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Asylum seekers in the U.K. only receive legal support days before deportation

  • Published on
    October 16, 2020
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  • Category:
    Law & Policy
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New research has highlighted how asylum seekers arriving in the U.K. on makeshift boats are not receiving legal advice until days before they are due to be deported.

Immigration rights group Movement for Justice reports that people are being denied legal advice at an early stage of their detainment in immigration facilities in the U.K., and that victims of trafficking are being missed.

Over half of those interviewed for the study reported that they were victims of torture and trafficking, and subjected to forced labor and rape in countries such as Libya.

On arrival, people are placed in the notorious Yarl’s Wood, which has recently been repurposed from a women’s detention center into a short-term holding facility to detain people who arrived in the U.K. in makeshift boats across the English Channel.

While some are given numbers for solicitors a few days after arriving at Yarl’s Wood, language difficulties and a lack of phone credit make it impossible to secure any legal representation.

Following detainment at Yarl’s Wood, people seeking asylum are often taken to another facility, Brook House, where they are served with removal notices, usually given within a matter of days before their deportation flight.

Fortunately, there have been a recent string of cases where the Home Office’s attempts to deport asylum seekers have been thwarted by immigration lawyers intervening at the last minute, identifying that deportation of these people is unlawful and places the individual at risk.

However, the damage caused by detainment and lack of legal representation has already been done.

The Independent reports:

Karen Doyle, national organiser at Movement for Justice, accused Ms Patel and the Home Office of “trampling on” the UK’s stated commitment to human rights by creating a “Dover to deportation pipeline”, which at every stage “frustrates” refugees’ ability to get the legal advice, care and support they need.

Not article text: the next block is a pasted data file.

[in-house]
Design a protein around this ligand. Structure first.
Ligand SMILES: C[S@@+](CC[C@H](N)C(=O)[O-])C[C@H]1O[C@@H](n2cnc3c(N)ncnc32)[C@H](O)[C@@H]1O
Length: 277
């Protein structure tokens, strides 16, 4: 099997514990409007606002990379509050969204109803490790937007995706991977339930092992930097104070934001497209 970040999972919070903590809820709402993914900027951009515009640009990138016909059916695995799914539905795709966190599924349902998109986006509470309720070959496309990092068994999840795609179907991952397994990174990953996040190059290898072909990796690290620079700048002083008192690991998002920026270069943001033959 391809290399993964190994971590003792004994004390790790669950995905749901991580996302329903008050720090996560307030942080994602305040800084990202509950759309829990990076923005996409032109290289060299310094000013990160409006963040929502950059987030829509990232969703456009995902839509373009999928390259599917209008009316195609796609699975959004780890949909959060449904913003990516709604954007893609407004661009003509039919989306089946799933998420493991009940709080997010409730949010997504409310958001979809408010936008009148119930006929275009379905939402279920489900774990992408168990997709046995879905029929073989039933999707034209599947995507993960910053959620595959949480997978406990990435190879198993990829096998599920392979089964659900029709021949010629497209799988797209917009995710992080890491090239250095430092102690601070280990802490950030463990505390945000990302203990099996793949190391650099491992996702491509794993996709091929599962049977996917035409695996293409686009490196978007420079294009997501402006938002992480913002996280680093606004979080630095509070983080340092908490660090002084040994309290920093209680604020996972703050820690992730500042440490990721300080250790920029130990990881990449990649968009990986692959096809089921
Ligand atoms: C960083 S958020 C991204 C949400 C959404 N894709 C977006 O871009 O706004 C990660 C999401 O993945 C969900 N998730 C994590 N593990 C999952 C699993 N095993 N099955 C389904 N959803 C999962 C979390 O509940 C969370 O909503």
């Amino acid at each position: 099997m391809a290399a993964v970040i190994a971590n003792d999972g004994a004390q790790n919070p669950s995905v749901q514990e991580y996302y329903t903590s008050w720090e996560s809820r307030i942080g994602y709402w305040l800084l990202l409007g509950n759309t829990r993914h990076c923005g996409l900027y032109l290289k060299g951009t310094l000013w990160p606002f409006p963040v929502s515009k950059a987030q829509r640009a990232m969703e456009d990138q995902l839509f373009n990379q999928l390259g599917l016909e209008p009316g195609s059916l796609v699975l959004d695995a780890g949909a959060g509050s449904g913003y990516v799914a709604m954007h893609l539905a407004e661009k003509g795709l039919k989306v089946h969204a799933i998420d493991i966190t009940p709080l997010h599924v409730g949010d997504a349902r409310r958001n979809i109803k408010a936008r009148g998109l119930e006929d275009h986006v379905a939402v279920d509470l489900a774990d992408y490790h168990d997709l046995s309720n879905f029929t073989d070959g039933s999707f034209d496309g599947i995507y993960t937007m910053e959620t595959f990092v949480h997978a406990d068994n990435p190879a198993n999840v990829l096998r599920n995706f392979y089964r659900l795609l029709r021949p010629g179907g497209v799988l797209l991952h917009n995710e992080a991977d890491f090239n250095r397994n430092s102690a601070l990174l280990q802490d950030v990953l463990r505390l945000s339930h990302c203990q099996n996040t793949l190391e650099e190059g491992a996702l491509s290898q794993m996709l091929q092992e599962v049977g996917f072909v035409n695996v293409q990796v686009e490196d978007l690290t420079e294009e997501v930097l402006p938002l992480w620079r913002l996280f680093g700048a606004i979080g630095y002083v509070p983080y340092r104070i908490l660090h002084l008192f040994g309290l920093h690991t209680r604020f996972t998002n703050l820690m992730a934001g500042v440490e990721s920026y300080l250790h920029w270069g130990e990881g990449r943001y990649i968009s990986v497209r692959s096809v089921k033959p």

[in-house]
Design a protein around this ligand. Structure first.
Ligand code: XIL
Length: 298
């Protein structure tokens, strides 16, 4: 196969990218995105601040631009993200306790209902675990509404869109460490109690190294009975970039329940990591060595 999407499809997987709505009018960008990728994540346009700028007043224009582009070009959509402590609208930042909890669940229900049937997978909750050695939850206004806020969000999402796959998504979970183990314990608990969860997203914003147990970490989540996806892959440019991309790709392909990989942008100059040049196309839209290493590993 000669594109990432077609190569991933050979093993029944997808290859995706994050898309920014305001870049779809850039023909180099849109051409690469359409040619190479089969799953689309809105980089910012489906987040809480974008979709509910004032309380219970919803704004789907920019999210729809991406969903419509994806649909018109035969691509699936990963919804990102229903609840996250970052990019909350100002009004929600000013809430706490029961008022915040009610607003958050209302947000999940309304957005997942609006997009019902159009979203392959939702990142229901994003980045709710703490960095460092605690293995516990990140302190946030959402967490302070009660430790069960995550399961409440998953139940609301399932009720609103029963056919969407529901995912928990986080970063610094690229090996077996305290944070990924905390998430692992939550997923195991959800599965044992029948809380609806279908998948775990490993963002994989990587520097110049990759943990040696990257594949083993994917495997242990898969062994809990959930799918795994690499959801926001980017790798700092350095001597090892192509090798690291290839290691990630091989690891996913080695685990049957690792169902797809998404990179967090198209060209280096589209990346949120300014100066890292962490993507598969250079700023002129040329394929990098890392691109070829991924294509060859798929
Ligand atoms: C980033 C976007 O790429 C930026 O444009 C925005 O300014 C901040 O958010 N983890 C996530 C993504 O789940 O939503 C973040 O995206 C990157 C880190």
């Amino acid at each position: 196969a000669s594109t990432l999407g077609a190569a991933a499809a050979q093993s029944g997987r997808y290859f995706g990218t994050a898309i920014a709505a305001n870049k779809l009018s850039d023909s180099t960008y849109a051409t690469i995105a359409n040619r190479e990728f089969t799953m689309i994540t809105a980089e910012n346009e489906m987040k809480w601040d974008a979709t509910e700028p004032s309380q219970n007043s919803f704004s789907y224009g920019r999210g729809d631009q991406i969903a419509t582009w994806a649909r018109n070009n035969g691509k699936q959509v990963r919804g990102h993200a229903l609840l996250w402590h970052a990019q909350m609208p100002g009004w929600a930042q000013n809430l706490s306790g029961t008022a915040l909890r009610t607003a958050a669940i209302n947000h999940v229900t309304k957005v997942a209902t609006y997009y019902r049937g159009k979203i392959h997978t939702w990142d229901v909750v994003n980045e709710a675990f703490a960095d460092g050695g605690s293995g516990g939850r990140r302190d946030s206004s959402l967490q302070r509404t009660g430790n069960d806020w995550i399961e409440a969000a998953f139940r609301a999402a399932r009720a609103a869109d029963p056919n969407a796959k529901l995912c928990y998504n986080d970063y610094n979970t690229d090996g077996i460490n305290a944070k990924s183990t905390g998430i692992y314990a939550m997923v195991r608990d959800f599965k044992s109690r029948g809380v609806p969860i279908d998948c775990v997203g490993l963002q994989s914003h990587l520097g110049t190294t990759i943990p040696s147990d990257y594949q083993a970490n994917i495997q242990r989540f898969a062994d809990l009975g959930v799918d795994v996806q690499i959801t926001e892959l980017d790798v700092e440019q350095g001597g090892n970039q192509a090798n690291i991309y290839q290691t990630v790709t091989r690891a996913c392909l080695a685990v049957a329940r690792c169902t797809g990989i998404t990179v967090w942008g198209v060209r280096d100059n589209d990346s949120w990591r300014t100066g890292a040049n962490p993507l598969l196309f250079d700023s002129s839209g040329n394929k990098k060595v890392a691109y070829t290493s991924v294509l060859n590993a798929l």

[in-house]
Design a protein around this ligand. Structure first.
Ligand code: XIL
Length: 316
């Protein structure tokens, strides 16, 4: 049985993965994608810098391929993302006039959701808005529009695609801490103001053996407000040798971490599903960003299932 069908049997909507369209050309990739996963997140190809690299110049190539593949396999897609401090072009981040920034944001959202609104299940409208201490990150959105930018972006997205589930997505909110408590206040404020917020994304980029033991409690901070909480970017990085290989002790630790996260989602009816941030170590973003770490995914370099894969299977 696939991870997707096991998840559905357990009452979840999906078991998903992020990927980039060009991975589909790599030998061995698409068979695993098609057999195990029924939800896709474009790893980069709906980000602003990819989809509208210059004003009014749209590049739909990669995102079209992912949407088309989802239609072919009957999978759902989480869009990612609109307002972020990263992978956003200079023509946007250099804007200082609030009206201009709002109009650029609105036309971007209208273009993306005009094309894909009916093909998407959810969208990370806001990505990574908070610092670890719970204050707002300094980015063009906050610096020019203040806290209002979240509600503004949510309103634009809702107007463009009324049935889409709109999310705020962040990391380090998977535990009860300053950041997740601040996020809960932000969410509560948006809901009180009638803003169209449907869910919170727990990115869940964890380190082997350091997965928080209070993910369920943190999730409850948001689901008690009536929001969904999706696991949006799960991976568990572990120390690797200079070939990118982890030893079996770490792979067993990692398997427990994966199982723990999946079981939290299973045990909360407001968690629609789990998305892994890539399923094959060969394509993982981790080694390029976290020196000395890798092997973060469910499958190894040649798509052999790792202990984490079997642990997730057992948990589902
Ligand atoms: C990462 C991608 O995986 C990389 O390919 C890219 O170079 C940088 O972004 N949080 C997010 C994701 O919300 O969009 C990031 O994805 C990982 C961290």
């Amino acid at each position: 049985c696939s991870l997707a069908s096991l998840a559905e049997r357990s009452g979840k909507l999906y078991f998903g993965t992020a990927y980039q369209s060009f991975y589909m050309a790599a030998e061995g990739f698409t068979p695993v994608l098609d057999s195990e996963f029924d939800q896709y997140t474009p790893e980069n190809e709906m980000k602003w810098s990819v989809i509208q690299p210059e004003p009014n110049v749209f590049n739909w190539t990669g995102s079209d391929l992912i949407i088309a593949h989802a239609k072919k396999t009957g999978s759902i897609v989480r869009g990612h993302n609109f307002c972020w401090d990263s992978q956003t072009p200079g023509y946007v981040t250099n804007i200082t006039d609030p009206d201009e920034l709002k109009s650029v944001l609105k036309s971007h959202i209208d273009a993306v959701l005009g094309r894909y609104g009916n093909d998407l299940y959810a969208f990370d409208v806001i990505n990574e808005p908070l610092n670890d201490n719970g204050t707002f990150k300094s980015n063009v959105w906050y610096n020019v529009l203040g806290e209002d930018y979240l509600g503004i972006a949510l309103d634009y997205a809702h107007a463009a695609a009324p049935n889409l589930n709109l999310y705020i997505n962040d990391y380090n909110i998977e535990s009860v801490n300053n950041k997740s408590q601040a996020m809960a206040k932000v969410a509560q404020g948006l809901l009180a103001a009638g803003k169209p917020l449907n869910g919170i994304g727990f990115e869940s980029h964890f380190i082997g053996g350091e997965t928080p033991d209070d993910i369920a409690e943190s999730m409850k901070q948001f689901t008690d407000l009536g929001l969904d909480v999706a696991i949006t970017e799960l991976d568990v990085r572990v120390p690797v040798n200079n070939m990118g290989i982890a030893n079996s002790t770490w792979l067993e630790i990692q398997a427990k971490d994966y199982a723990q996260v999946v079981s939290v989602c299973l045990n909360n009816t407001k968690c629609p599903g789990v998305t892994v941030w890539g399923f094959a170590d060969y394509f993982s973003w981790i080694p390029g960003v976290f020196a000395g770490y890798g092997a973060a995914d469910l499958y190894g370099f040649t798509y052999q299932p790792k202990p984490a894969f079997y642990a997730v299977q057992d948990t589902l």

She added: “Yarl’s Wood is but one link in that pipeline, but it is a crucial one. Had those asylum seekers been able to access legal representation at the earliest opportunity they would not have been subject to the further torture of detention and threat of removal, which has led to so many suicide attempts in Brook House.”

While the Home Office claims it is attempting to make the U.K. asylum system ‘fairer and firmer,’ the evidence suggests that in actual fact this is resulting in victims of trafficking and torture being detained and denied legal assistance.


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3 years ago

Nobody’s bothered to ask them 😠

Tim Beecher
Tim Beecher
3 years ago
Reply to  Angus McKay

It’s not illegal to seek asylum in this way. The UK accepts the least number of asylum seekers in Europe who flee in this way. There are many reasons for fleeing here, eg. they speak English and/or they know a friend here and feel more supported, after their hellish experience? I’m sure they would much rather stay in their own country; the way the UK is currently going, there must be a very good reason to flee here, not to mention the vitriol they receive from clueless bigots.

d scattergood
3 years ago

Just get rid of them,they are only after our benefits.

Angus McKay
Angus McKay
3 years ago

They claim “that they were victims of torture and trafficking, and subjected to forced labor and rape in countries such as Libya”. They weren’t in countries such as Libya prior to making it illegally into the UK. They were in France, safe from torture, trafficking, subjected to forced labor and rape. So why are they still “fleeing” to the UK?

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